Saturday, February 28, 2015

A Man in a VW Van

It’s so easy to judge a city by its outward appearance, by its reputation, and Beirut is no different. It is dirty and crowded. It was raining when our plane touched down, so our first walk through the streets involved murky water, muddy sidewalks and dripping awnings.

And Beirut’s reputation isn’t the best, either. People cautioned us to be careful when we bought our tickets. Tripadvisor warned us of the safety concerns and even the Department of State urged us to avoid all travel to Lebanon.

But the amazing thing about Beirut is that the city recognizes its reputation - its outward appearance - and is trying to combat it. The area we walked was teeming with examples of the citizens trying to beautify their city. The staircases were painted a myriad of colors and patterns. Every space that wasn’t a building or path was full of trees, bushes and vines. Art studios and museums peeked out between industrial warehouses. With just a few steps down an alley, I was transported from a grimy street to a gorgeous path full of shops, restaurants and bars.

In fact, Beirut is kind of like an optical illusion.

You could look at the walls of ripped posters and torn advertisements and see trash, litter, ugly or you could look again and see artistic endeavors, concerts, ideas, attempts to make the walls more striking.

You could look at the shutters on a closed shop and see peeling paint and fading color or you could look again and see someone’s attempt to brighten an empty building.

Graffiti fills the staircases, warehouse doors and alleyways. You could look at it and shake your head, disgusted that someone would write their thoughts on a wall or you could stop and read the thoughts and laugh or sigh at how poignant they are and think “isn’t that just the perfect line to stumble across, on my walk, right now?”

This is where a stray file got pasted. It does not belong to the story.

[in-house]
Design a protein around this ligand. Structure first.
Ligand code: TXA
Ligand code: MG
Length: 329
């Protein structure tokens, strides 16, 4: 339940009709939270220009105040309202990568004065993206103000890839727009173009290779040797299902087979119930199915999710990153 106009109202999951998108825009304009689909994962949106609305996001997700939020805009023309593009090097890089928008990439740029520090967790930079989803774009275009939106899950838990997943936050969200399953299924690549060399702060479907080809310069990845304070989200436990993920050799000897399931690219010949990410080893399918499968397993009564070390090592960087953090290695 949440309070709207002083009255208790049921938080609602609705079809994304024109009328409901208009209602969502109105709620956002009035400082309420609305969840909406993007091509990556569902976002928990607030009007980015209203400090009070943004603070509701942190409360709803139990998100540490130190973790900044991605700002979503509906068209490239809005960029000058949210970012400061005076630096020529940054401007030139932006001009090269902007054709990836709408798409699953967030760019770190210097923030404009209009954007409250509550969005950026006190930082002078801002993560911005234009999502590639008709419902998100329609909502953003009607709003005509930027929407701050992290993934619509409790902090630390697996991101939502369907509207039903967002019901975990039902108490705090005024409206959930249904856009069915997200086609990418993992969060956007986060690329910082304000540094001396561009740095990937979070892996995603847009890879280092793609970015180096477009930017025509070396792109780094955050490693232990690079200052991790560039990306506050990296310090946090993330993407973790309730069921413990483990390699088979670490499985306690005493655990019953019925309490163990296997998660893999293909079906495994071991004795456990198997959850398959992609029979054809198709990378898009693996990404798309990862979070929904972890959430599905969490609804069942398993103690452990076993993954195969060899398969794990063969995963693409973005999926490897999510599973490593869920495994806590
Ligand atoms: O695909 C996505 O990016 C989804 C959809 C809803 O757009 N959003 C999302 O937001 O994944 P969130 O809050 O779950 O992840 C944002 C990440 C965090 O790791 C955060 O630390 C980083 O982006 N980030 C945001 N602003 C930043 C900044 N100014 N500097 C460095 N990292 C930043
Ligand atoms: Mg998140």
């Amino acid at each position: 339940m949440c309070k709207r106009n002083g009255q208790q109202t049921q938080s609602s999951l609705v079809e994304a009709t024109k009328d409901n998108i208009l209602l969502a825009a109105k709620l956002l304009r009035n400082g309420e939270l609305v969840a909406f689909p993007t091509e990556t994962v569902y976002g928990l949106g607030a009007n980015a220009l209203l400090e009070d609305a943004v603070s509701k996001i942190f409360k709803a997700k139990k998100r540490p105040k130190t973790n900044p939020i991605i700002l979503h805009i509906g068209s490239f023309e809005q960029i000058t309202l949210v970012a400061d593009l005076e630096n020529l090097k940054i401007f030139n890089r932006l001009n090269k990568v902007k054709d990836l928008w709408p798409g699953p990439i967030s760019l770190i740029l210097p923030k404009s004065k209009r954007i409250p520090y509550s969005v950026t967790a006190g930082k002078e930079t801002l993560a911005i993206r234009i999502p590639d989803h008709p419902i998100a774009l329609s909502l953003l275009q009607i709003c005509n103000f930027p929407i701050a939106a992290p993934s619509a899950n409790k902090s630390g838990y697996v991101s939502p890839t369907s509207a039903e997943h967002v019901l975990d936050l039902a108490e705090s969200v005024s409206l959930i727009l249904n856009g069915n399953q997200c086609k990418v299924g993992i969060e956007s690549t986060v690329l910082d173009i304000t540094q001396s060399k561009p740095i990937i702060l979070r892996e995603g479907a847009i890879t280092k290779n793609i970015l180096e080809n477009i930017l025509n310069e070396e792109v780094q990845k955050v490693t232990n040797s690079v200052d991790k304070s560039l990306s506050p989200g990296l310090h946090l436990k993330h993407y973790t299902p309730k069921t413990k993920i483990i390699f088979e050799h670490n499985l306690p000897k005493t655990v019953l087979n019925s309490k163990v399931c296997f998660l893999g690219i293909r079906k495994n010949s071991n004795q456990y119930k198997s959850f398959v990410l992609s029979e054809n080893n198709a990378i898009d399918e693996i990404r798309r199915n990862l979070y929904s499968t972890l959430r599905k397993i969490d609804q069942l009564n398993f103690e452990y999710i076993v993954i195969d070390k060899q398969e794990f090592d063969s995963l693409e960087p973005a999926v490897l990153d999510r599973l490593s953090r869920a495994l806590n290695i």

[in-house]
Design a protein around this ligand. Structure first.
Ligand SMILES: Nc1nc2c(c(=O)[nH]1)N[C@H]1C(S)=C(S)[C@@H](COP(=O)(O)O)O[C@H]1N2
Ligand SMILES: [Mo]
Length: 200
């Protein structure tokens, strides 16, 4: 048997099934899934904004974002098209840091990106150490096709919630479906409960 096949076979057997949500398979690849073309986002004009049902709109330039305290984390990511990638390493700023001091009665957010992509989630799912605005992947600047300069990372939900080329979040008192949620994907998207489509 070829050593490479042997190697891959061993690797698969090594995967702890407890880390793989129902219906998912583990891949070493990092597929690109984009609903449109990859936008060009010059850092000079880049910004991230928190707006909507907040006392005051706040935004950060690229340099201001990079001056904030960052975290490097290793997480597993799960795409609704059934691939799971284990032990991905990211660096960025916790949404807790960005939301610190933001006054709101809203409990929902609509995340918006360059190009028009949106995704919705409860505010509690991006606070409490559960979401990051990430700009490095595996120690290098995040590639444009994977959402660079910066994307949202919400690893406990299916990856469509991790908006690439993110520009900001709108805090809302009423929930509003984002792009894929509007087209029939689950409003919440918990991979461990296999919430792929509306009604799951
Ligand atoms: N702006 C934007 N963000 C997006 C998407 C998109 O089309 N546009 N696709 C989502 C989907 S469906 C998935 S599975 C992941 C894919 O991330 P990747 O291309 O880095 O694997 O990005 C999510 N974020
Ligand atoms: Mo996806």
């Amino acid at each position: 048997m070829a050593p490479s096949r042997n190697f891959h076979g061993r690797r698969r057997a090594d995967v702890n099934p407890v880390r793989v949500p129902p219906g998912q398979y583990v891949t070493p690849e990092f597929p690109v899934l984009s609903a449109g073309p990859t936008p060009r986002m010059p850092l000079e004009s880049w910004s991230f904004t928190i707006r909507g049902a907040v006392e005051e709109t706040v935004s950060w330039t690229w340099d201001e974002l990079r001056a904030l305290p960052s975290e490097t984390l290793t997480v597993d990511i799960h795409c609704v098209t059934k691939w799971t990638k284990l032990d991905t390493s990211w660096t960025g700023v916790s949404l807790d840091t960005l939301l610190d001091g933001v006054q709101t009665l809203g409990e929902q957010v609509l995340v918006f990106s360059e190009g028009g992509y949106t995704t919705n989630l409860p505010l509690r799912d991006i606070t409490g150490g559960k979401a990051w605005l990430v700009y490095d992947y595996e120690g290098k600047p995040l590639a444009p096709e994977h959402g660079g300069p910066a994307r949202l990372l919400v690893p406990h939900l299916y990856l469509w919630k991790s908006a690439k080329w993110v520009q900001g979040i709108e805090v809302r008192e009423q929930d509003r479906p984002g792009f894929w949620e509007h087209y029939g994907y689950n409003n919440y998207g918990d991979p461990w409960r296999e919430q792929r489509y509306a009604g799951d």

I definitely experienced the beautiful Beirut as I walked the streets. I saw a place trying to remake itself, a place trying to show its true colors.

I heard “bon jour” as I wandered down an alley and whispered it back, feeling very European. I was teased by a group of old men who sat in front of a shop smoking and scolded me “to buy things to treat myself”. I felt beautiful when people smiled at me and included when people waved. I felt a part of the city and it was totally unexpected.

The best moment, though, was after I had climbed one of the many painted staircases and ended up on a narrow, crowded, totally congested street. I lifted my camera, thinking I had to get a shot of the traffic in Beirut, as it is the craziest I have ever seen, and as I took off my lens cap, I saw a VW van, my dream car, a few cars back in the line.

I thought, “How perfect. I’ll get a shot of that van in the traffic.” But the cars started to move right then and I wasn’t focused. I sighed, thinking that I had missed the shot, but then realized the van wasn’t moving. The cars in front of it were gone, but it still sat there, in the middle of the street, waiting for me to photograph it. So I did, obviously.

I laughed to myself, not really knowing why the van hadn't moved, but feeling very fortunate. As I started to walk, the van cruised by, with the driver’s window rolled down. I looked at the driver, an old bearded man smoking a cigarette, and I smiled. He winked at me. I knew at that moment, that he had waited for me to take the photo. He had known what I wanted.

I felt so lucky, so in sync with the world. A man in a van stopped to let me take his photo and it totally made my day.


  1. Your photography is absolutely amazing!!!

    xoxo The Lifer Blog

    1. Thanks! I am really trying to work on shots and angles, so this makes my day! xo.

  2. it actually looks really cool, love the photos!

    xx danielle // shades of danielle

    1. Thank you! Your blog is so cute! All that snow makes me wish I had another weekend to escape. xo.